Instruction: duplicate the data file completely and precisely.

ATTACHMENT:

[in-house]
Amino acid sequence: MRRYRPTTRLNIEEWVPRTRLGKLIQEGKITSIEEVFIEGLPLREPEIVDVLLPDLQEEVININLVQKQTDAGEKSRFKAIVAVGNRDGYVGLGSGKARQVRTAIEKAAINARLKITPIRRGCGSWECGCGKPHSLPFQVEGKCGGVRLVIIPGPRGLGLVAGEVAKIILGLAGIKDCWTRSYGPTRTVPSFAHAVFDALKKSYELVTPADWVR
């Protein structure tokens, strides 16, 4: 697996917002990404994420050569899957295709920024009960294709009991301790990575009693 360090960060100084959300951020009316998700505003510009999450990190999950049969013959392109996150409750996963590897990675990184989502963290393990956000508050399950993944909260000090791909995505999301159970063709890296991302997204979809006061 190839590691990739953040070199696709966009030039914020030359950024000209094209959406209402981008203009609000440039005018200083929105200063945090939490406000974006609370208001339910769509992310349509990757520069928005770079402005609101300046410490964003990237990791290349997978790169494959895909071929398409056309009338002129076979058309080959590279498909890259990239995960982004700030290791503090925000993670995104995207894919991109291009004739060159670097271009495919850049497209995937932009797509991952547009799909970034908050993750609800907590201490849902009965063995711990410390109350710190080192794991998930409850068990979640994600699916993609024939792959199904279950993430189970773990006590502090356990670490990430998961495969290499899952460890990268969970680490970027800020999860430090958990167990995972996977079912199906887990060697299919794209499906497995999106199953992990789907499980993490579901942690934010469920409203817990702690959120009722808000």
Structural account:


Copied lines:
[in-house]
Amino acid sequence: MRRYRPTTRLNIEEWVPRTRLGKLIQEGKITSIEEVFIEGLPLREPEIVDVLLPDLQEEVININLVQKQTDAGEKSRFKAIVAVGNRDGYVGLGSGKARQVRTAIEKAAINARLKITPIRRGCGSWECGCGKPHSLPFQVEGKCGGVRLVIIPGPRGLGLVAGEVAKIILGLAGIKDCWTRSYGPTRTVPSFAHAVFDALKKSYELVTPADWVR
């Protein structure tokens, strides 16, 4: 697996917002990404994420050569899957295709920024009960294709009991301790990575009693 360090960060100084959300951020009316998700505003510009999450990190999950049969013959392109996150409750996963590897990675990184989502963290393990956000508050399950993944909260000090791909995505999301159970063709890296991302997204979809006061 190839590691990739953040070199696709966009030039914020030359950024000209094209959406209402981008203009609000440039005018200083929105200063945090939490406000974006609370208001339910769509992310349509990757520069928005770079402005609101300046410490964003990237990791290349997978790169494959895909071929398409056309009338002129076979058309080959590279498909890259990239995960982004700030290791503090925000993670995104995207894919991109291009004739060159670097271009495919850049497209995937932009797509991952547009799909970034908050993750609800907590201490849902009965063995711990410390109350710190080192794991998930409850068990979640994600699916993609024939792959199904279950993430189970773990006590502090356990670490990430998961495969290499899952460890990268969970680490970027800020999860430090958990167990995972996977079912199906887990060697299919794209499906497995999106199953992990789907499980993490579901942690934010469920409203817990702690959120009722808000």
Structural account: